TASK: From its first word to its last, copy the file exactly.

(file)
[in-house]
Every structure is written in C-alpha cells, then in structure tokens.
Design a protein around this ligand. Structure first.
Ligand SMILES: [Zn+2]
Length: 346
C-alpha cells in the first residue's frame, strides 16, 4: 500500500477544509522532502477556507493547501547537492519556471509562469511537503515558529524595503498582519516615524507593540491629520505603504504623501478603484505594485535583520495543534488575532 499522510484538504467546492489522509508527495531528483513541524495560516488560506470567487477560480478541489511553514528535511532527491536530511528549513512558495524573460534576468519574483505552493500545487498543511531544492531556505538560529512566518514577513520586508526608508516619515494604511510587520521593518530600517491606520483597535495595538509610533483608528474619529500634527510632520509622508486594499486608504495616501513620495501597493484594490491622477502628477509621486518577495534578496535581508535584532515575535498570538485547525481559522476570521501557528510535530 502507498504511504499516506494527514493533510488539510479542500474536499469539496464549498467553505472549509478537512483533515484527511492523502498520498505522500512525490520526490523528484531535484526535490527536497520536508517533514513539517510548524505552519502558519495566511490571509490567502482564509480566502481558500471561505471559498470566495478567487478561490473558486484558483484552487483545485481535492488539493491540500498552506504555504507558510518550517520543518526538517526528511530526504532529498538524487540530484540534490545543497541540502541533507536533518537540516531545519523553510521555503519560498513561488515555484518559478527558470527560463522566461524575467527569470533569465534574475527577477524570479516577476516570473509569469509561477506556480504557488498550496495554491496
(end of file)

[in-house]
Every structure is written in C-alpha cells, then in structure tokens.
Design a protein around this ligand. Structure first.
Ligand SMILES: [Zn+2]
Length: 346
C-alpha cells in the first residue's frame, strides 16, 4: 500500500477544509522532502477556507493547501547537492519556471509562469511537503515558529524595503498582519516615524507593540491629520505603504504623501478603484505594485535583520495543534488575532 499522510484538504467546492489522509508527495531528483513541524495560516488560506470567487477560480478541489511553514528535511532527491536530511528549513512558495524573460534576468519574483505552493500545487498543511531544492531556505538560529512566518514577513520586508526608508516619515494604511510587520521593518530600517491606520483597535495595538509610533483608528474619529500634527510632520509622508486594499486608504495616501513620495501597493484594490491622477502628477509621486518577495534578496535581508535584532515575535498570538485547525481559522476570521501557528510535530 502507498504511504499516506494527514493533510488539510479542500474536499469539496464549498467553505472549509478537512483533515484527511492523502498520498505522500512525490520526490523528484531535484526535490527536497520536508517533514513539517510548524505552519502558519495566511490571509490567502482564509480566502481558500471561505471559498470566495478567487478561490473558486484558483484552487483545485481535492488539493491540500498552506504555504507558510518550517520543518526538517526528511530526504532529498538524487540530484540534490545543497541540502541533507536533518537540516531545519523553510521555503519560498513561488515555484518559478527558470527560463522566461524575467527569470533569465534574475527577477524570479516577476516570473509569469509561477506556480504557488498550496495554491496